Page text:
It was late 1974, and Neil Bogart, CEO of Casablanca Records, was falling apart. His wife of nine years had divorced him. Warner Bros., Casablanca’s onetime parent company, had cut the fledgling label loose, saddling Bogart with crippling overhead and advertising costs. The company’s headquarters—a two-story house off the Sunset Strip that Bogart (no relation to Humphrey) decorated to resemble Rick’s Café from the film Casablanca—had devolved into a hedonistic playground awash in cocaine and Quaaludes. A few years earlier, he’d made stars of the Isley Brothers and Curtis Mayfield, whose soundtrack for Super Fly had been an instant hit. Now, at 31, he was watching his career crumble.

But Bogart had a plan. As part of the split with Warner Bros., Casablanca inherited a promising project: a double LP of audio highlights from The Tonight Show Starring Johnny Carson. It seemed like a sure thing. In 1974, The Tonight Show drew 14 million viewers a night. The year before, as the CEO of Buddah Records, Bogart had sold more than a million copies of a similar compilation titled Dick Clark: 20 Years of Rock N’ Roll. Bogart was so confident in The Tonight Show project that he envisioned the album as the first of four highlight records, stretching back decades.

Before SoundScan existed to track album sales, the recording industry conferred “gold” status to any album that shipped more than 500,000 copies. Bogart shipped 750,000 copies of Here’s Johnny: Magic Moments From the Tonight Show. As it turned out, no one wanted to listen to audio clips of a late-night talk show. The album was such a flop that distributors even mailed back their free promotional copies. Industry insiders joked that it had been shipped gold and “returned platinum.” Or as Casablanca cofounder Larry Harris put it, “It hit the floor with a lifeless, echoing thud.”

By the end of 1974, Casablanca was broke. To make payroll, Bogart cashed in his line of credit at a Las Vegas casino. The label seemed doomed. It needed a cheap hit just to survive.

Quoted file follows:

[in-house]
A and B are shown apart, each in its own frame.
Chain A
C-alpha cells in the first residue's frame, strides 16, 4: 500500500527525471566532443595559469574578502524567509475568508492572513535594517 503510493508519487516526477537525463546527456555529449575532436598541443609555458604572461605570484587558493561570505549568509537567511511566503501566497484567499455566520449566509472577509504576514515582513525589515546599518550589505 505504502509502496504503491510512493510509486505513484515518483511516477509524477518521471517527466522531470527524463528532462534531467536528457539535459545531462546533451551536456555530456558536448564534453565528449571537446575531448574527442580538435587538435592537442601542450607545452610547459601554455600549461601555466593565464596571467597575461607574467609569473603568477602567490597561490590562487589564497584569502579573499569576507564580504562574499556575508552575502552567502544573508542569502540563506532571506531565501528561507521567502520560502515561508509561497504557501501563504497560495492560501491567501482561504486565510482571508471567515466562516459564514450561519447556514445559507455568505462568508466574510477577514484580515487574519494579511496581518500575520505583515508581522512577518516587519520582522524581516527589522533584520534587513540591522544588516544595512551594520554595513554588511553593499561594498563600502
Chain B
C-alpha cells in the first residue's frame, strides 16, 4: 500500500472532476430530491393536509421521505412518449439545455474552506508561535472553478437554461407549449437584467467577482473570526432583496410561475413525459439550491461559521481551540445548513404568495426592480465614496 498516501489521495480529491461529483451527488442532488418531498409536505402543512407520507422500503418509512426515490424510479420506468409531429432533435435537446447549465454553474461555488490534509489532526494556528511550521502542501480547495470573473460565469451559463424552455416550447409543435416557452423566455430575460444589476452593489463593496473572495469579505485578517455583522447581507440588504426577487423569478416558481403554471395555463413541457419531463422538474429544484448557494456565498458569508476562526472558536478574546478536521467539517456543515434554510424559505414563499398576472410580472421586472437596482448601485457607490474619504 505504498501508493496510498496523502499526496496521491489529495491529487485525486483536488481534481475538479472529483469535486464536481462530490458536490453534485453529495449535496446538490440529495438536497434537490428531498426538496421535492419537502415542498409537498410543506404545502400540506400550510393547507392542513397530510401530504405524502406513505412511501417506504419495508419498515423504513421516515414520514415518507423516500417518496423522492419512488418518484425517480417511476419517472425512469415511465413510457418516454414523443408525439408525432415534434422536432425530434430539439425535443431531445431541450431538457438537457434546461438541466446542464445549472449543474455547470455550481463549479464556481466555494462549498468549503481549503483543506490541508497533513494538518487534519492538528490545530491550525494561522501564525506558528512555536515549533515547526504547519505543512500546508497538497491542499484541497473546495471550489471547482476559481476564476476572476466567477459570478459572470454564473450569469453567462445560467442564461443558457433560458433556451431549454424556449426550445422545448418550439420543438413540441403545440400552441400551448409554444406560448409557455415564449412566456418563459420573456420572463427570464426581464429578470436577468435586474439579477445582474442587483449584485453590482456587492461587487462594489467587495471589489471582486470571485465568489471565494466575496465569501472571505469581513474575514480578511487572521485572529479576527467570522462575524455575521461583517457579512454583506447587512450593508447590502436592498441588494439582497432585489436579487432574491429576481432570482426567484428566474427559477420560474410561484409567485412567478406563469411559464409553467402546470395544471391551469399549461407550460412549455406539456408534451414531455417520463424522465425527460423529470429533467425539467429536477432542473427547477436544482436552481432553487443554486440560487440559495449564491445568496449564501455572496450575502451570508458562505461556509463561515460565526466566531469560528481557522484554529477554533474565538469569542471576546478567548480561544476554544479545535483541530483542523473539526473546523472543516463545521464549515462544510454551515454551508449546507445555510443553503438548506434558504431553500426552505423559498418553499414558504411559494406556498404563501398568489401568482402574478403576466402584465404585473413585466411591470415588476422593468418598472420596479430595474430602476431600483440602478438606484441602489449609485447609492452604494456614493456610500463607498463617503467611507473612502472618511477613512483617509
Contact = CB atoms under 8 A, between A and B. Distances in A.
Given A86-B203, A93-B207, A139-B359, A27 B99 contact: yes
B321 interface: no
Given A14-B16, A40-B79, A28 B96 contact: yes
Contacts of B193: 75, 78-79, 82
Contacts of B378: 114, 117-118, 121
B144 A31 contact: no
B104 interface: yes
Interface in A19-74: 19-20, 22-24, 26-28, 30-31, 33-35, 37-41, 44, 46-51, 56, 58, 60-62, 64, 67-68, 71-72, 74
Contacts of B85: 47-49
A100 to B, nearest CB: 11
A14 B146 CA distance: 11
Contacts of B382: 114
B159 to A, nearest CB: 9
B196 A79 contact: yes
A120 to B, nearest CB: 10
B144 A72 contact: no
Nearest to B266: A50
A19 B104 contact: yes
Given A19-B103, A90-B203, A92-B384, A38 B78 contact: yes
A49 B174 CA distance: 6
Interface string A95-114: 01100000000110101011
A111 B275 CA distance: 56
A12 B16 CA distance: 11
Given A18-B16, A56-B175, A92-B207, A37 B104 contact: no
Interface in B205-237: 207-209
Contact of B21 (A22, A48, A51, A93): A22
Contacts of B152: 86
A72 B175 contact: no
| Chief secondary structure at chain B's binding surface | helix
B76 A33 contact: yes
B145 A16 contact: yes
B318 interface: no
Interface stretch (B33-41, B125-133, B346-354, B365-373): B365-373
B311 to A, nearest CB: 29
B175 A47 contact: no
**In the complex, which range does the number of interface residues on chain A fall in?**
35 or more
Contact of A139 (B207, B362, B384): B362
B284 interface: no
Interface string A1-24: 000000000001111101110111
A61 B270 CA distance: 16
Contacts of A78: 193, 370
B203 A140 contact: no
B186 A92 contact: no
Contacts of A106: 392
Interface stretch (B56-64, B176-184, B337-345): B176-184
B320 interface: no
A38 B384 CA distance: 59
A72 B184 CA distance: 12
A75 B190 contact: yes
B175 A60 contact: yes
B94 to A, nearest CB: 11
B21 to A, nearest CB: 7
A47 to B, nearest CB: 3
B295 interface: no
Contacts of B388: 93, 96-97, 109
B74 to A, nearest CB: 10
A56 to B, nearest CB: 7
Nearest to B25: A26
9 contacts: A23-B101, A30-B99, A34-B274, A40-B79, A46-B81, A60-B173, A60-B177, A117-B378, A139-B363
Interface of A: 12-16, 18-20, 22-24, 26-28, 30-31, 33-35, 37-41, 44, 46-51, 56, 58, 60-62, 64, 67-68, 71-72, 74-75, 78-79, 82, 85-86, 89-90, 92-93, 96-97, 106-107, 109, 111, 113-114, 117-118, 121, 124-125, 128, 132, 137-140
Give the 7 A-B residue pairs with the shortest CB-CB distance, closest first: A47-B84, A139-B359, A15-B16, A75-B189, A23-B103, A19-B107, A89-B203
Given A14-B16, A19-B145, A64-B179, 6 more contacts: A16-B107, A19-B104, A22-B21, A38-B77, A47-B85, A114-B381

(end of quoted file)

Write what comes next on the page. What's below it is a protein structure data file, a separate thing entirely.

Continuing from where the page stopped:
One of the bands on Casablanca’s roster was in similarly rough shape. Kiss, a flamboyant heavy metal outfit from New York City, had released three albums by the spring of 1975. The band had a cult following in the Rust Belt. But the moment Kiss stepped into the studio, they deflated, unable to replicate the raucous energy of their live concerts.

This may have been an impossible task. Since their first gig in 1973, the foursome had performed only in Kabuki-style makeup, black leather costumes, and towering platform shoes. Onstage, Gene Simmons, the Israeli-born bassist with a 7-inch tongue, spat fire and fake blood at the audience. Blasts of smoke and pyrotechnics punctuated hard-driving songs like “Strutter,” “Deuce,” and “Black Diamond.” At the end of each set, drummer Peter Criss rose 10 feet above the stage atop a hydraulic drum riser. This intimidating stagecraft belied Kiss’s sound: more pop than metal, closer to David Bowie than Black Sabbath on the ’70s rock spectrum. Kiss’s stage show was so over the top that Bogart pitched the band as a headline act before the foursome had a legitimate hit. Queen, Genesis, and Aerosmith all canceled bookings with Kiss because no one wanted to play after the band.

But if Kiss was a circus act, Bogart was its P.T. Barnum. At pitch meetings, he’d unleash fireballs from his hand using magician’s flash paper, declaring “Kiss is magic!” Bogart hounded DJs, TV hosts, critics, and music magazines, pushing the Kiss brand. He even convinced Kiss to record a cover of “Kissin’ Time”—a single by ’60s teen idol Bobby Rydell—as a promotional tie-in for a nationwide kissing contest called “The Great Kiss-Off.”

None of it worked. And Kiss was fed up. The band received a meager $15,000 advance for its first three albums—Kiss, Hotter Than Hell, and Dressed to Kill— and despite Bogart’s fiery efforts, it had yet to see royalties. He’d even produced Dressed to Kill himself because he was unable to afford a professional producer.

Then Bogart had an idea. What if Kiss put out a live album? It’d be less expensive than a studio recording and might preserve some of the band’s incendiary live show. At the time, live records weren’t considered a legitimate product; bands released them mainly to fulfill contracts. But Bogart didn’t care. He knew this was his last chance.